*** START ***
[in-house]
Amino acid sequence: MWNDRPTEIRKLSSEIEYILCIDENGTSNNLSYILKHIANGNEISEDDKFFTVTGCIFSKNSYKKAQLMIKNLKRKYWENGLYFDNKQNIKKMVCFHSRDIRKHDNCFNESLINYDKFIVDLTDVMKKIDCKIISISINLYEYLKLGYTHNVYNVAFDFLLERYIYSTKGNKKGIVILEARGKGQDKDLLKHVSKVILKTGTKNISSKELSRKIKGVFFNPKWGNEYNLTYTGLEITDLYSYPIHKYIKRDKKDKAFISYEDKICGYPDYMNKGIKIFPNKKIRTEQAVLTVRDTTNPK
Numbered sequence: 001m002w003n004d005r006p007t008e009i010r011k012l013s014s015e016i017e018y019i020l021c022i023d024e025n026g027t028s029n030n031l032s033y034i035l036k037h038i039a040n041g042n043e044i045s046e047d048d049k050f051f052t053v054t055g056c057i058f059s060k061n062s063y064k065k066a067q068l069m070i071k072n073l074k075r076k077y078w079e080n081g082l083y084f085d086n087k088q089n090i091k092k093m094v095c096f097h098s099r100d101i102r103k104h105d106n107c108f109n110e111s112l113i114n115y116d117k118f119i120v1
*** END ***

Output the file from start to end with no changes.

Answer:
[in-house]
Amino acid sequence: MWNDRPTEIRKLSSEIEYILCIDENGTSNNLSYILKHIANGNEISEDDKFFTVTGCIFSKNSYKKAQLMIKNLKRKYWENGLYFDNKQNIKKMVCFHSRDIRKHDNCFNESLINYDKFIVDLTDVMKKIDCKIISISINLYEYLKLGYTHNVYNVAFDFLLERYIYSTKGNKKGIVILEARGKGQDKDLLKHVSKVILKTGTKNISSKELSRKIKGVFFNPKWGNEYNLTYTGLEITDLYSYPIHKYIKRDKKDKAFISYEDKICGYPDYMNKGIKIFPNKKIRTEQAVLTVRDTTNPK
Numbered sequence: 001m002w003n004d005r006p007t008e009i010r011k012l013s014s015e016i017e018y019i020l021c022i023d024e025n026g027t028s029n030n031l032s033y034i035l036k037h038i039a040n041g042n043e044i045s046e047d048d049k050f051f052t053v054t055g056c057i058f059s060k061n062s063y064k065k066a067q068l069m070i071k072n073l074k075r076k077y078w079e080n081g082l083y084f085d086n087k088q089n090i091k092k093m094v095c096f097h098s099r100d101i102r103k104h105d106n107c108f109n110e111s112l113i114n115y116d117k118f119i120v1